This was the best 2-drop of its era, was a card you pushed your drafts toward, and was a powerhouse of multiple decks and formats. Wild Mongrel looks normal to modern viewers, but it was anything but. The ability to discard cards to win battles or shift color was nice, as you could avoid color-based removal or dodge a Glory’s activation. Even before Torment introduced the madness mechanic that abused its discard, it was heavily played. It was a force in flashback and/or threshold graveyard decks that were prolific. And then when all of its friends popped out, the Mongrel downright owned the format and was the most loathed 2-drop.
Without Psychatog, Upheaval is still a threat. I can run other game-ending face-smashers. It was the best and cheapest, but I could point to many other options out there. Unlike the weaker sweepers of the era, like Mutilate, it was a game-ending sweeper against tokens like Roar of the Wurm’s or Grizzly Fate’s token-bombardment. It’s so good, reliable, and annoying that it’s banned in Commander. Playing against Upheaval was the epicenter of a boring match, as it didn’t have the courtesy of killing you quickly, a la Madness.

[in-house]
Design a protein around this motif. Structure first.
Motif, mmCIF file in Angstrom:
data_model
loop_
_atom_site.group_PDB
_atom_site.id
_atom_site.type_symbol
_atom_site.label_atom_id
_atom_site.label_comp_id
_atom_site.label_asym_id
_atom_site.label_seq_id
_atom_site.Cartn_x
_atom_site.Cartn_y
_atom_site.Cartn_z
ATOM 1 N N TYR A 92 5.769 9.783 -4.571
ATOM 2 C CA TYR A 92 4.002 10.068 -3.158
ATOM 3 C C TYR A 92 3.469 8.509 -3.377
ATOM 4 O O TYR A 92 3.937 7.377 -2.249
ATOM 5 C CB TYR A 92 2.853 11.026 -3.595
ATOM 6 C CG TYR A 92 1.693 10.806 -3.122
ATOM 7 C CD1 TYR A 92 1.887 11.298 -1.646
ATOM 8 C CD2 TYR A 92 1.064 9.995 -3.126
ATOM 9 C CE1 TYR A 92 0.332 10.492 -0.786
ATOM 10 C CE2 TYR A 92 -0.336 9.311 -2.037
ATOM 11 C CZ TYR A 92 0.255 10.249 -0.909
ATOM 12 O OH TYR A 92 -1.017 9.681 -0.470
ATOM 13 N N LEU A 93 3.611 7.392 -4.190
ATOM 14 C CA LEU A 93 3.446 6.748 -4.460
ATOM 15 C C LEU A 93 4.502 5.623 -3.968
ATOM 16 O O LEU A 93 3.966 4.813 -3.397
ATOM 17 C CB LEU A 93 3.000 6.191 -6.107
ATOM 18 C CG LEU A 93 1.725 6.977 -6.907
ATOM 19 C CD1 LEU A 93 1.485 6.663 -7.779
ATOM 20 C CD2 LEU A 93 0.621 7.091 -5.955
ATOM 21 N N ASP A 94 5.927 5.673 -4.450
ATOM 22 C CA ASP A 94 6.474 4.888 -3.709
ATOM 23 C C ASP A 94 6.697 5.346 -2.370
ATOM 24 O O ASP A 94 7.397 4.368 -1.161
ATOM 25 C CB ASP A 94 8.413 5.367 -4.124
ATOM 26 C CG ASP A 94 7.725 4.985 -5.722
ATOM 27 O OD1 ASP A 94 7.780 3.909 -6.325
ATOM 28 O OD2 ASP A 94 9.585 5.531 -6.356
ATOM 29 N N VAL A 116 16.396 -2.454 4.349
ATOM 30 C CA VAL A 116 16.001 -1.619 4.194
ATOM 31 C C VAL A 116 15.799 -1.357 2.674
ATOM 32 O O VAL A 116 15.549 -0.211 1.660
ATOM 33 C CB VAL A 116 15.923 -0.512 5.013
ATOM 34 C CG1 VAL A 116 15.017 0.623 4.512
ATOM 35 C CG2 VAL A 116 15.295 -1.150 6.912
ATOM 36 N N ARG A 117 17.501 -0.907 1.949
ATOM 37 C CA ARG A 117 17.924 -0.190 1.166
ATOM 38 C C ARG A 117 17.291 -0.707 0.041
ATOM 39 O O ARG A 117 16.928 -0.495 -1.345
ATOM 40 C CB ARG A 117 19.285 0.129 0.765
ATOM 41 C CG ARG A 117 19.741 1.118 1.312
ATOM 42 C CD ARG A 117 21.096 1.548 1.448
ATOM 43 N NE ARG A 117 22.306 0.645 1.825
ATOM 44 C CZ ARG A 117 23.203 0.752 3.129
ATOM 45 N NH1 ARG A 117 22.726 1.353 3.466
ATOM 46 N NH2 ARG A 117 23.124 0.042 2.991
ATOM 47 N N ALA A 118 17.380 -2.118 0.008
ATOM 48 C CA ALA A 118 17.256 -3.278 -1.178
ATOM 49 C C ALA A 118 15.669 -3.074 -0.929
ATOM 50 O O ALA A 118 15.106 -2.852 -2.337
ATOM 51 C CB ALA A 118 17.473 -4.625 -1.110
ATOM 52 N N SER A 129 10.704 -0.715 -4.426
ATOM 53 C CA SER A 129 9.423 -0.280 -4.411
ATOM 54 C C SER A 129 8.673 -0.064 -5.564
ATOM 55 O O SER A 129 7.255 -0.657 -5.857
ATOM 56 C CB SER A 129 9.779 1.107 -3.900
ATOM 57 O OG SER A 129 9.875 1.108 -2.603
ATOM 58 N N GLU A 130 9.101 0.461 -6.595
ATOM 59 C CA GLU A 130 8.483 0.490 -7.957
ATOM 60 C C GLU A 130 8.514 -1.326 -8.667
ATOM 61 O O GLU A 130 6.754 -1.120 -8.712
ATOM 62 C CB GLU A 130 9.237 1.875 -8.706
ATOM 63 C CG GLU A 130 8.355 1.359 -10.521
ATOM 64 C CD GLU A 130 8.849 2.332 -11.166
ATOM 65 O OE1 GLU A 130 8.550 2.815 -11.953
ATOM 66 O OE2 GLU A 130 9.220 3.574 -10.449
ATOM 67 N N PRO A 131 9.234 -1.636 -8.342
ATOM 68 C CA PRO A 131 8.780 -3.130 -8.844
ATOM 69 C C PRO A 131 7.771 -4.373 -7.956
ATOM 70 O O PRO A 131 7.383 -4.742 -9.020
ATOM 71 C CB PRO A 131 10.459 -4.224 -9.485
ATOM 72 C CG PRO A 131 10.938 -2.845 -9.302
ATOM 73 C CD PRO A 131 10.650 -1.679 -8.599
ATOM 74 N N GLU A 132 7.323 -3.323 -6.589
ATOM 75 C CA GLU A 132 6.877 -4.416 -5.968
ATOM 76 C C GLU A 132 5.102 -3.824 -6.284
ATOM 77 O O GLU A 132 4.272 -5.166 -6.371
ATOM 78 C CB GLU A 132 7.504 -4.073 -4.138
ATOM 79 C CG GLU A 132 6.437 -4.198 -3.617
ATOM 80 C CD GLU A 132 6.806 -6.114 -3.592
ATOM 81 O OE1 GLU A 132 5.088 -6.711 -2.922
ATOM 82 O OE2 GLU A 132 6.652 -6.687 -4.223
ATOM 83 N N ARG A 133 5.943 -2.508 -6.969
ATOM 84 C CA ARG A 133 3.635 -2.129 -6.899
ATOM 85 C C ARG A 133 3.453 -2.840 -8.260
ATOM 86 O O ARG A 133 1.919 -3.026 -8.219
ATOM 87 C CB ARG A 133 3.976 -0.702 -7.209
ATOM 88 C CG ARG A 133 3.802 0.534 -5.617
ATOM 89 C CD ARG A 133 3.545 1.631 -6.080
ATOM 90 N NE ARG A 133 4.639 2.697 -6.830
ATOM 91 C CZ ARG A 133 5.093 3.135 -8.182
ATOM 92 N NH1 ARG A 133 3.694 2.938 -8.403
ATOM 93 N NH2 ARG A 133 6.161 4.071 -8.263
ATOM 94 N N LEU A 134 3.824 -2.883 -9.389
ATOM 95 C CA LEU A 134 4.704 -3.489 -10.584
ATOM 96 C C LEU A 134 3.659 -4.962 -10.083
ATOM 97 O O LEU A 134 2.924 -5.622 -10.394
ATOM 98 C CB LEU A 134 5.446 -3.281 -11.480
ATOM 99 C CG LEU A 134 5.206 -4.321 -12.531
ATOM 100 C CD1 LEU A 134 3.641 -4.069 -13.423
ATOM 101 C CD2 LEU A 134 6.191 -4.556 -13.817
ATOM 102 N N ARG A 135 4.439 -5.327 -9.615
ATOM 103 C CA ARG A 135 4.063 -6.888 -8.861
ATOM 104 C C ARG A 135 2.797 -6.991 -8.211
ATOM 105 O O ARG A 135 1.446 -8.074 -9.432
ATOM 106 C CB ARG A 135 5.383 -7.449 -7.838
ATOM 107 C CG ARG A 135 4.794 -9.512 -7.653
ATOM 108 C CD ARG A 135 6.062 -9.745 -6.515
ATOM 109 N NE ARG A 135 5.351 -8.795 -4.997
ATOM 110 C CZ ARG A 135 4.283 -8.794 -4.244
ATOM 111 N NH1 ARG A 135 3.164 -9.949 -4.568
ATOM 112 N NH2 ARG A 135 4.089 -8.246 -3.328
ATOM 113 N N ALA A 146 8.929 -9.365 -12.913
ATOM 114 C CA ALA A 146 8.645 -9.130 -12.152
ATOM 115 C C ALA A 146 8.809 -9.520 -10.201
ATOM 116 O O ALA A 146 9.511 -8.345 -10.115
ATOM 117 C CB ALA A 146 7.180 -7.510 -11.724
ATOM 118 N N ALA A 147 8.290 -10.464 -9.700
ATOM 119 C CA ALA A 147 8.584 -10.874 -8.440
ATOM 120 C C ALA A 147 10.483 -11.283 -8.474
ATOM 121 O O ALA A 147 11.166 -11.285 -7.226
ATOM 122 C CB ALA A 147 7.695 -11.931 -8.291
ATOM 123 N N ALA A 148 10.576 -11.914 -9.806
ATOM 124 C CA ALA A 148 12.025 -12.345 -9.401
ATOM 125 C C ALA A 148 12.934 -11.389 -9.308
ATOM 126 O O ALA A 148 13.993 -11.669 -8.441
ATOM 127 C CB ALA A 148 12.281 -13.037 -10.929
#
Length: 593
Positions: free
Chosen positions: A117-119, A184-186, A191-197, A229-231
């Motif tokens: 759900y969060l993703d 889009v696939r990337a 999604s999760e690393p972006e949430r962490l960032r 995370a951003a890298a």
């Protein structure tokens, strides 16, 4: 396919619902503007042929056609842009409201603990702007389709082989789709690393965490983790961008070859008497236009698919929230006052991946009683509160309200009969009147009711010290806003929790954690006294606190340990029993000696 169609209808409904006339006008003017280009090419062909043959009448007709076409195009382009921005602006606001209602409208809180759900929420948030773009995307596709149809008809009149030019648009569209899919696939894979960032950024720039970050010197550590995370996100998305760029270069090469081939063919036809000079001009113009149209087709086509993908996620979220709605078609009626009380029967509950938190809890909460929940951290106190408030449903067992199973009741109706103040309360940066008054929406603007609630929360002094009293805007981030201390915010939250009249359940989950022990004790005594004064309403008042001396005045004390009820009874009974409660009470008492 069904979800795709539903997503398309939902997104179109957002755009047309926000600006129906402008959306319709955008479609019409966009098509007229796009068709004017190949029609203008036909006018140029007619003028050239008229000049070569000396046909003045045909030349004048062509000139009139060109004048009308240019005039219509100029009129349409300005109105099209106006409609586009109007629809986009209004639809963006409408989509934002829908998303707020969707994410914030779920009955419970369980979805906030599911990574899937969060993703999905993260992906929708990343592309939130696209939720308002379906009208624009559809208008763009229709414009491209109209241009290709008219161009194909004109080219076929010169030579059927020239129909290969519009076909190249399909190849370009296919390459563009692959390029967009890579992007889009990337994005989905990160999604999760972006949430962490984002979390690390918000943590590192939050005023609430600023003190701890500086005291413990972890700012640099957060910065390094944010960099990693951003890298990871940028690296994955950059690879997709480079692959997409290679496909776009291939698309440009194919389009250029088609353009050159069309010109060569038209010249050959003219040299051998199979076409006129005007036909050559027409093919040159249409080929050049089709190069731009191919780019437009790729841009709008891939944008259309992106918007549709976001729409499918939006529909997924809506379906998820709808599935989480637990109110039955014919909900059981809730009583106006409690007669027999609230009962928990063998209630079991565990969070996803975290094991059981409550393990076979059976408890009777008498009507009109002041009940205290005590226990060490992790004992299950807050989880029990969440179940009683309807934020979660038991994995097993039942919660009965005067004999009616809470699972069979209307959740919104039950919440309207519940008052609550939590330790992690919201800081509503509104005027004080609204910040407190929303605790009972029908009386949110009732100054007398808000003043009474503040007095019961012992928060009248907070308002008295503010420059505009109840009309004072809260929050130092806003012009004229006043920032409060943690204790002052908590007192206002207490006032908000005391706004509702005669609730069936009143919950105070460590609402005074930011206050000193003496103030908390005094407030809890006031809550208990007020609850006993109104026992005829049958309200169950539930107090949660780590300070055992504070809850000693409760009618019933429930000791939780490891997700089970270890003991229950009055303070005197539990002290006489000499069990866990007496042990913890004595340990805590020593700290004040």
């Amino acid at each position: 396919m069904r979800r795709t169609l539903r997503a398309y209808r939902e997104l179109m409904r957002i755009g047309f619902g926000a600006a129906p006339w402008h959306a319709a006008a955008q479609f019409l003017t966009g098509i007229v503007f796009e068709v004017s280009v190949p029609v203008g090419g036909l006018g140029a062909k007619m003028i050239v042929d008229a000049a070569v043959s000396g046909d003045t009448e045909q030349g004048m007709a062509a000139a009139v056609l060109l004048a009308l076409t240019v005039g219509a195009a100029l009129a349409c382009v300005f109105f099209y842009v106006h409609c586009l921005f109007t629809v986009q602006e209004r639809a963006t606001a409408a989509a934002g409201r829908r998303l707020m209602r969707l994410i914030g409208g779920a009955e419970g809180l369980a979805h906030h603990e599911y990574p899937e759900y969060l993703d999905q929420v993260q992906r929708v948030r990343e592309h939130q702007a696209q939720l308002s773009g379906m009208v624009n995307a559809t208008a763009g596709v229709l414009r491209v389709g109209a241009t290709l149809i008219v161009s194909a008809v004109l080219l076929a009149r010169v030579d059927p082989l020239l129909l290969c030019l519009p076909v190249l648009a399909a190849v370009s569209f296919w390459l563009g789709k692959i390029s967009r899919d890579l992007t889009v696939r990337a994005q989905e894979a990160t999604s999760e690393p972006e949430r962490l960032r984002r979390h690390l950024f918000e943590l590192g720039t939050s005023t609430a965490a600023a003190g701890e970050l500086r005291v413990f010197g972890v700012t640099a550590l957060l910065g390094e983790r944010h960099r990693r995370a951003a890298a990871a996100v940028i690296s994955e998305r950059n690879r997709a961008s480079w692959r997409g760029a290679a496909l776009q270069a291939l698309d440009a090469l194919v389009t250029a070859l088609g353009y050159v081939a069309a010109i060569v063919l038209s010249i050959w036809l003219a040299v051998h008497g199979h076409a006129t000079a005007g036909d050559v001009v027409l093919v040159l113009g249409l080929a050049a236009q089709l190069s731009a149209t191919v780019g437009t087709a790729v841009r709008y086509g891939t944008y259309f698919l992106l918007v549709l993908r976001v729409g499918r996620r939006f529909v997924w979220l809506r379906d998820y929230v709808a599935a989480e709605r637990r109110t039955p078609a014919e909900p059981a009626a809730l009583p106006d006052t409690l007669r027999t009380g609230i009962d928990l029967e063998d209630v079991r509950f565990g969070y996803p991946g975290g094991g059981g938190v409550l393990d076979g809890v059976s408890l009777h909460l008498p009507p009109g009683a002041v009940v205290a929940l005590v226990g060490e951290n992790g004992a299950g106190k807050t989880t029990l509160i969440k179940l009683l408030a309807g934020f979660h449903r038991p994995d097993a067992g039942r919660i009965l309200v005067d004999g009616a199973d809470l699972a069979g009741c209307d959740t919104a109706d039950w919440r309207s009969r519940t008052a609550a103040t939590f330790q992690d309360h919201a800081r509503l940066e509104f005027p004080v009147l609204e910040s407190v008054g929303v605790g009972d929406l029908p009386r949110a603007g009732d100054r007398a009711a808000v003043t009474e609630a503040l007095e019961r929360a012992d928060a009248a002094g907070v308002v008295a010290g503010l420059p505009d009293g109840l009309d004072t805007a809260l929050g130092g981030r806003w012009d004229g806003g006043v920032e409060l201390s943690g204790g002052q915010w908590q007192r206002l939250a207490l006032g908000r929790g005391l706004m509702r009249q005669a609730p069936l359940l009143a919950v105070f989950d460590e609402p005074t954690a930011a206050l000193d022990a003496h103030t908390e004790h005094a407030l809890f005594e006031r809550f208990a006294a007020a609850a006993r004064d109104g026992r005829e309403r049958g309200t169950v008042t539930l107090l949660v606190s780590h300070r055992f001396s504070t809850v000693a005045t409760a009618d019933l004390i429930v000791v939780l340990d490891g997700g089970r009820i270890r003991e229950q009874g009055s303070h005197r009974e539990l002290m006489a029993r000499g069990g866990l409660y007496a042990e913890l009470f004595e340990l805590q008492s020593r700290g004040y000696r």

1. Cabal Coffers
No card from this era was as key as Cabal Coffers. It single handedly made MBC a deck without which it was impossible to keep up with Madness. It gave you a potential mana outlet that could rival the lands of old from previous blocks, such as Gaea's Cradle. It was an amazing option for folks that sought to punch people in the face. It remains a force of Black nature at the kitchen table where Commander and other decks use it, and it’s one of the top lands ever printed.
And there we are! So what did you think of my list? Anything I missed? Anything you disagree with? Just let me know!
Appendix of Top Ten Block Lists:
Did you enjoy our throwback list of the best cards of yore? Did you want to keep going back and check out some more fun times? Excellent! Check these out as well!